As the vernal equinox arrives and the changing of the clocks approaches, it is impossible not to take each seasonal event as a sign. The evidence of what is to come accumulates with every passing week.
Officially, spring begins today. But our equilux – the day on which sunrise and sunset are closest to 12 hours apart – fell on the 17th, when the sun rose at twelve minutes past six in the morning and set just about the same time in the evening. Next weekend, the hours will push ahead and the night will be further delayed.
These dates are useful. They are certain and predictable events, to be marked in the calendar ahead of time. They can be looked forward to patiently, in the knowledge that nothing is going to get in their way.
But unless one never ventures outside, these events hardly count among the most significant signals of an unfolding spring. The lengthening of the day is a subtle process – part of an ongoing, gradual change. And though it may seem rapid at this time of year, as the darkness of winter lifts and the light stretches out into the evening, there are other signs of the season that are more dramatic and instantaneous, like a lightning spark of deja vu. There are, most particularly, the firsts of spring.
In some places, the first cuckoo is such a sign. Though it is not heard, usually, until late April, that most unmistakable of calls is a confirmation that spring has fully sprung. In two short, unembellished notes, the first cuckoo tells the time of year. It reminds and reassures that summer is almost upon us.
But cuckoos do not breed in Shetland, and they are only occasional visitors. To hear one would be a shock, for their song is not part of our spring. Instead, it is other sounds that usher in the season.
The earliest of these, beginning at the end of January or early February, is the shrill pleepsing of oystercatchers – shalders, as they are known here – which call frantically in flight, as though always escaping catastrophe. Black and white with bright orange legs and beak, the birds seem almost to blink as they shudder overhead in flocks, like a semaphore warning of imminent, unseen danger. But it is not danger that the shalders herald; it is winter’s end.In the past week, I have heard my first skylark of the year – altogether a more joyful performance than that of the oystercatchers. Like cuckoos, larks are more often heard than seen, and on clear, still days, their song is carried so perfectly that it seems almost to become a part of the air itself. It shimmers like heat haze, as bright as the blue sky. It insists on an audience.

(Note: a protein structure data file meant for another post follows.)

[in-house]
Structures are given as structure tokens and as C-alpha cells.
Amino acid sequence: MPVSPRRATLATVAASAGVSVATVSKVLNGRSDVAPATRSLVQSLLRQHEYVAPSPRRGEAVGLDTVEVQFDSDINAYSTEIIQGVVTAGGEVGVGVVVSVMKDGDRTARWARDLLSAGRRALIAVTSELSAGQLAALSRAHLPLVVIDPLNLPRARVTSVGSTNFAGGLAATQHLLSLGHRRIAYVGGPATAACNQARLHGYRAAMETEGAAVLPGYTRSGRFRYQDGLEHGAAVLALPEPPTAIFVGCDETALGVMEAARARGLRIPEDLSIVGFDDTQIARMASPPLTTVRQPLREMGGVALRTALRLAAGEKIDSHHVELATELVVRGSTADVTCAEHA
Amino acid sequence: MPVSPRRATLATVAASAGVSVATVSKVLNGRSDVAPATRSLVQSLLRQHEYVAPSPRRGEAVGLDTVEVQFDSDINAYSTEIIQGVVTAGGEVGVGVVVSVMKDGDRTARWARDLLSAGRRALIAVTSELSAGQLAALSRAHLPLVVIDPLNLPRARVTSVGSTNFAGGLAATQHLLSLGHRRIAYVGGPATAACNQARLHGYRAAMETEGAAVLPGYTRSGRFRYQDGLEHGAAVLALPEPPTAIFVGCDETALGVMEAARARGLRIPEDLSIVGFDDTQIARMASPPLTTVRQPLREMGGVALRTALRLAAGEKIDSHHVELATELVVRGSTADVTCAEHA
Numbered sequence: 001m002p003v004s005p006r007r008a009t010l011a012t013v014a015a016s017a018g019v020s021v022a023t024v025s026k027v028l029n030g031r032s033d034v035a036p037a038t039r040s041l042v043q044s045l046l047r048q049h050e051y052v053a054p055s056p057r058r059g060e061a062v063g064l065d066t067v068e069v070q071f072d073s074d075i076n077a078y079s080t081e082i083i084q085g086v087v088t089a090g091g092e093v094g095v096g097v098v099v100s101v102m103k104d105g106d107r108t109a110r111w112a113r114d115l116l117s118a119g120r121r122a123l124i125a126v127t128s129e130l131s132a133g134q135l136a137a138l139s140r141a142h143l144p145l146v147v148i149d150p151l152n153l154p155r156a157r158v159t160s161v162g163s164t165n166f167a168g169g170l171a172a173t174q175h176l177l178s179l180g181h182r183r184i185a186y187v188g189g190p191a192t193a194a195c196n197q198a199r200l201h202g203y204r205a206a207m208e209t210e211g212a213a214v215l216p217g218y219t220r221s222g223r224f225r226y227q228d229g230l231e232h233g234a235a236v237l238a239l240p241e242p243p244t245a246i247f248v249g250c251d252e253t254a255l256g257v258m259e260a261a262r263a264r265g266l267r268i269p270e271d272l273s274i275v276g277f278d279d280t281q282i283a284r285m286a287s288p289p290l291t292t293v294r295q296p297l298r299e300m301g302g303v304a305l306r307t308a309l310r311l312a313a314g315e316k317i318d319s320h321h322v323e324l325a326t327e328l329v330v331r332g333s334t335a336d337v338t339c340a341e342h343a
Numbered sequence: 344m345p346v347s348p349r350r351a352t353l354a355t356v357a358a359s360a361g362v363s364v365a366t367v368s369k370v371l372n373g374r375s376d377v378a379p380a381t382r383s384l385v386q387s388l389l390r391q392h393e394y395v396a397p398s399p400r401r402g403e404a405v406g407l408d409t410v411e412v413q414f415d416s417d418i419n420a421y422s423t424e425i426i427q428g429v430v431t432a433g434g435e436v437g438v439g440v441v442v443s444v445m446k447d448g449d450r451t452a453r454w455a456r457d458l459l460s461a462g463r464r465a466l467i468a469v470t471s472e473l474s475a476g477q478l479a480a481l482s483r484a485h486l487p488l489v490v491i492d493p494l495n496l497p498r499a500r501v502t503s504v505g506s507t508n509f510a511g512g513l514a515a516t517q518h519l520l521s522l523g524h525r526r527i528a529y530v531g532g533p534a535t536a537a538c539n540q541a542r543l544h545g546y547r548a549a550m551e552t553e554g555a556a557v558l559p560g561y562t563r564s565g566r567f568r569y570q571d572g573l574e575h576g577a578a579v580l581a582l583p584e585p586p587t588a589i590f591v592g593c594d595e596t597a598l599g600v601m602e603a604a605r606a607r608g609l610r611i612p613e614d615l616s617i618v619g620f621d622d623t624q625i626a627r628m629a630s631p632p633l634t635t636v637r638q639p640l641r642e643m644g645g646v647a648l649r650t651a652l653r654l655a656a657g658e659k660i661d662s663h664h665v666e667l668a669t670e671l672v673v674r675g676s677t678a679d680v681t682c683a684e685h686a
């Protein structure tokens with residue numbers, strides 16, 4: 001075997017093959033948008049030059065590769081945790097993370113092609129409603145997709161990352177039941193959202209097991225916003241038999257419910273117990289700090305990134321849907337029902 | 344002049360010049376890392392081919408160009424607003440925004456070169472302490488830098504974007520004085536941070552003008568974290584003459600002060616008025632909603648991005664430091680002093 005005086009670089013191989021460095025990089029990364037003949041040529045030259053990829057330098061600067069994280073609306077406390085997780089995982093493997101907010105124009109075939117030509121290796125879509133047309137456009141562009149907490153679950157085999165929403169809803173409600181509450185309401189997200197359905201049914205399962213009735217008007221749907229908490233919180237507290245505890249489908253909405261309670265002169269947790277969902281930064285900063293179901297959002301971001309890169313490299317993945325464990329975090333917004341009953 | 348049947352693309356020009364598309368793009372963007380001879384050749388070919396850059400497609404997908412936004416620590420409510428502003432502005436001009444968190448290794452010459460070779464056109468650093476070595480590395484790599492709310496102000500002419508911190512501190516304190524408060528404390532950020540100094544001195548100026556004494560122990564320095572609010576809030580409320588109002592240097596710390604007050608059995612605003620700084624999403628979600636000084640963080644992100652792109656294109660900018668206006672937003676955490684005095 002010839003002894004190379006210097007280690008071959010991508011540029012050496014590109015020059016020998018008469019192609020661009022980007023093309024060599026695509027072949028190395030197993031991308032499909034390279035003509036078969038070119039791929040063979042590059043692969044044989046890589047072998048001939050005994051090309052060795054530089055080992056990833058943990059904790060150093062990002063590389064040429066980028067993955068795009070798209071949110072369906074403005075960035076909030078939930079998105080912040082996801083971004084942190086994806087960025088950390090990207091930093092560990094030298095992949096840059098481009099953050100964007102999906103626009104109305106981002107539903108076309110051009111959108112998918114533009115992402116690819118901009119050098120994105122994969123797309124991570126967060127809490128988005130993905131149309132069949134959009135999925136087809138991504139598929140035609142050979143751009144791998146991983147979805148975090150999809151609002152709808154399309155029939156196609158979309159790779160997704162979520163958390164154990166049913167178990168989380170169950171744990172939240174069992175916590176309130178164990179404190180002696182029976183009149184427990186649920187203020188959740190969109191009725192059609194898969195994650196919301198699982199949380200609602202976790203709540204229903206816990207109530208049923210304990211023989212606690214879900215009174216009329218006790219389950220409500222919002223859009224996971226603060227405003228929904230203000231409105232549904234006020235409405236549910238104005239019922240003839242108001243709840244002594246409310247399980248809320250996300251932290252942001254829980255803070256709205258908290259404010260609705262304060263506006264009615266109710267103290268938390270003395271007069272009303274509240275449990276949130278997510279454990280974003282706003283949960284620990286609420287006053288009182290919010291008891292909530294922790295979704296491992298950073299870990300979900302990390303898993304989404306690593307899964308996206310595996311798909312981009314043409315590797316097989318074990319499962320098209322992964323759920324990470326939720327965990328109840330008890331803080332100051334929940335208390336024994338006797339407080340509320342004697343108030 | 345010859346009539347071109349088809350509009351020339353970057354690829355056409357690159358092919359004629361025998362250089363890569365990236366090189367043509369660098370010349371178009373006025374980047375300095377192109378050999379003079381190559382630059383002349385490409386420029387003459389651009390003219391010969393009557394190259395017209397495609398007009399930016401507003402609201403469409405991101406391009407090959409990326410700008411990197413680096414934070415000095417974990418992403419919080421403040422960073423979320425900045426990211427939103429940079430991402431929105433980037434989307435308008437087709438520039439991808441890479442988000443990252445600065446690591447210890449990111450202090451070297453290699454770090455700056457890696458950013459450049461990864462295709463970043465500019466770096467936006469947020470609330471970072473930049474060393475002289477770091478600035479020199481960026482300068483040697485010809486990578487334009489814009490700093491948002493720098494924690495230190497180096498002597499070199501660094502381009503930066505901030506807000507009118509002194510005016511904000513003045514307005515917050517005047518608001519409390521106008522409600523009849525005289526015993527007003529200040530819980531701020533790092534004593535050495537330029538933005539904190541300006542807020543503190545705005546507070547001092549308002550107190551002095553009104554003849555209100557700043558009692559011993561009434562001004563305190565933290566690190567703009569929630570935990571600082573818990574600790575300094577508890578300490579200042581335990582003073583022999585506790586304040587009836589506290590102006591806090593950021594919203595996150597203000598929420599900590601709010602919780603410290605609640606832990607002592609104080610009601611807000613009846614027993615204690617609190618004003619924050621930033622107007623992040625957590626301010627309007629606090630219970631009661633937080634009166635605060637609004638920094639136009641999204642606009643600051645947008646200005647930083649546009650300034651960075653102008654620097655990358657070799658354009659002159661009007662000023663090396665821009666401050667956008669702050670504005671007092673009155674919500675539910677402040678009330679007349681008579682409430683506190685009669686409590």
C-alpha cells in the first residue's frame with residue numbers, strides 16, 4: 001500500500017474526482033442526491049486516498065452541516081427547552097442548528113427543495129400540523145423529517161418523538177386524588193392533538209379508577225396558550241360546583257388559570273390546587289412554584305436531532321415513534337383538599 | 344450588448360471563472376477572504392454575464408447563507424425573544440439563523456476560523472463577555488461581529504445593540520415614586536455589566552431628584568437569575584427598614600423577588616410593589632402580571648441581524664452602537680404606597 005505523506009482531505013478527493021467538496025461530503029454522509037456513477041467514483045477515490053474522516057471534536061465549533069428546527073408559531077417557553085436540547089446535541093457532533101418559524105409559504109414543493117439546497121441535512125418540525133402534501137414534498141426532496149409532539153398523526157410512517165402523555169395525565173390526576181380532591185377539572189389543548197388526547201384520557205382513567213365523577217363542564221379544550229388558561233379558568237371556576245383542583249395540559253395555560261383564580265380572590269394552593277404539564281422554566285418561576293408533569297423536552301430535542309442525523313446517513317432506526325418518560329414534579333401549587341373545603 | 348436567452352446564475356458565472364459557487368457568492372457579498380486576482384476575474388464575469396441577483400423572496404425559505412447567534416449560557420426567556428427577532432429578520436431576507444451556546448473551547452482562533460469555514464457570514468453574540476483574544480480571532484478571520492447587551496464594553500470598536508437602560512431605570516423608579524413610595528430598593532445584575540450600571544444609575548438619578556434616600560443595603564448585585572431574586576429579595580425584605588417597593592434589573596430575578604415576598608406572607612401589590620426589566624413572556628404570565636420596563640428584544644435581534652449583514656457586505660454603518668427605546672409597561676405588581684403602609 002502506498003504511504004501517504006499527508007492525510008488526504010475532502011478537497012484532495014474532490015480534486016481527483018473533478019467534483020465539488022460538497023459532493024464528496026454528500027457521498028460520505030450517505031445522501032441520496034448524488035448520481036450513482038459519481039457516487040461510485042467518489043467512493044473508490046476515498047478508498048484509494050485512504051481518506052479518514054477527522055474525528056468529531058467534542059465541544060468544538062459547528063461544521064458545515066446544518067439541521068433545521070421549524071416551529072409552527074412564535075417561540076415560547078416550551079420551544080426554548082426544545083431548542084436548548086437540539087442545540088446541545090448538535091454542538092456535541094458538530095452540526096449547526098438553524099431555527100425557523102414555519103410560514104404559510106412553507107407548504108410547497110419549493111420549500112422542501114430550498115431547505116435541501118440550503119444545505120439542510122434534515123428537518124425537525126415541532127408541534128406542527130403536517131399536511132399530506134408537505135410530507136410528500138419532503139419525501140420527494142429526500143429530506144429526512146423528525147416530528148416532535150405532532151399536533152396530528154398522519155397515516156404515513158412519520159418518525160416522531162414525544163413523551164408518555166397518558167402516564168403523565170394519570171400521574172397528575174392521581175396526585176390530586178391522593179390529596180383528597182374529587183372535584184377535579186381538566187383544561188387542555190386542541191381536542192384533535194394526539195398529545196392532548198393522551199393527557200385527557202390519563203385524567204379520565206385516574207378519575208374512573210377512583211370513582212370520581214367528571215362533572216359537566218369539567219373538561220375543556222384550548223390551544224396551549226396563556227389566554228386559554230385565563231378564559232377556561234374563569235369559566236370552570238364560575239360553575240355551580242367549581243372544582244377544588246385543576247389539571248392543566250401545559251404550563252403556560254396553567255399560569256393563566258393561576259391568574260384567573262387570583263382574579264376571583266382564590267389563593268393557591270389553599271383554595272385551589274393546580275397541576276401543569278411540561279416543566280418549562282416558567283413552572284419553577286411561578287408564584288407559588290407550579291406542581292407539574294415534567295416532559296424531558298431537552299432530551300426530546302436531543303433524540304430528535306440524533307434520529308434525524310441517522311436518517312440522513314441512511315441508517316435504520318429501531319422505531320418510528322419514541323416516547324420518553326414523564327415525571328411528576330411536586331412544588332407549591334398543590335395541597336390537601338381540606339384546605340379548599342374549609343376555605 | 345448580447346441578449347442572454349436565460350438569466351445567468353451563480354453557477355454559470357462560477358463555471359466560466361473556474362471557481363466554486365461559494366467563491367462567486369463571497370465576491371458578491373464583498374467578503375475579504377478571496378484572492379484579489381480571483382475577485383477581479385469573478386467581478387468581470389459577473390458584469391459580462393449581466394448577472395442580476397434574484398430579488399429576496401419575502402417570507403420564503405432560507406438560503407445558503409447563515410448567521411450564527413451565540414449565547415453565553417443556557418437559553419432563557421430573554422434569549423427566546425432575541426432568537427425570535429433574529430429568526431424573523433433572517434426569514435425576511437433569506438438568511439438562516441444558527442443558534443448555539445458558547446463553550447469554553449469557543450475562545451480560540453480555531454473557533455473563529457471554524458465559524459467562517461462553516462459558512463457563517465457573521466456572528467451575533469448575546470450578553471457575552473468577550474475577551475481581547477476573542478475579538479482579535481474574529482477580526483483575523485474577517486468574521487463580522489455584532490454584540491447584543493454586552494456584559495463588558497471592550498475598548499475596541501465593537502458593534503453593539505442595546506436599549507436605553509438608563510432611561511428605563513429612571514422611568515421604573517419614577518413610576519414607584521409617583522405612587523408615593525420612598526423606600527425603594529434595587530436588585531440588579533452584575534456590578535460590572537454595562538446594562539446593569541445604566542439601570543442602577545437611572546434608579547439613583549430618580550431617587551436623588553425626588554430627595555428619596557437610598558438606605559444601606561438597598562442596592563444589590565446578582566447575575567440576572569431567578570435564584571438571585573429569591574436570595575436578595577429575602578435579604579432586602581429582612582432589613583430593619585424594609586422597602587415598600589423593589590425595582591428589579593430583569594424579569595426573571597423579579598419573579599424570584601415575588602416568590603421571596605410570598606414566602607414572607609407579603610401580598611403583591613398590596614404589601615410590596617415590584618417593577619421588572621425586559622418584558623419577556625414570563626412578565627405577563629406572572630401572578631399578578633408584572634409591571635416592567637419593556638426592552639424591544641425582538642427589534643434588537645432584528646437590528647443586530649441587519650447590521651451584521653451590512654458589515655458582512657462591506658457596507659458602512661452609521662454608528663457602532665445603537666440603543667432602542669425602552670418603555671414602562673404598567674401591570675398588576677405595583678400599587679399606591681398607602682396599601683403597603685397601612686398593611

The skylark, more than any other bird, holds within its extravagant melodies not just the promise of a summer to come, but the echoes of summers past. It brings both memory and premonition. That tiny creature, invisible against the day glare, swallowed up within the net of its own song, can be the biggest, most perfect piece of the day.
At the moment, the garden is filling up. The first daffodils are about to open, and the flowering currants are looking their best. A dwarf rhododendron, spindly and wind-battered, has set for several weeks like a cloud of pink above its gnarled trunk – the trumpet flowers so delicate and flawless that they seem not to belong to the same plant as those few salt-burned leaves that it still can muster. After the horrors of winter, each bud and each flower brings a kind of relief. They offer a confirmation that, even here, where winter lingers so long, the inevitable will, eventually, come.
Among the trees, blackbirds are bustling again. These ones are probably just passing through, on their way to more northerly places. So too the lone song thrush that scuttled about the garden one morning last week.
The rush of migrants has not yet truly begun. For now there is only a gradual increase in voices. There are common gulls and curlews; there are calls I recognise but for which I have no name. From the bushes, today, there was the whispered whistle of a goldcrest.
From now the signs will keep coming. The first wheatears will arrive soon; the first skuas and arctic terns; the first swallows and meadow pipits. And soon, too, the fields will fill with lambs, each one bursting with the sudden revelation of spring.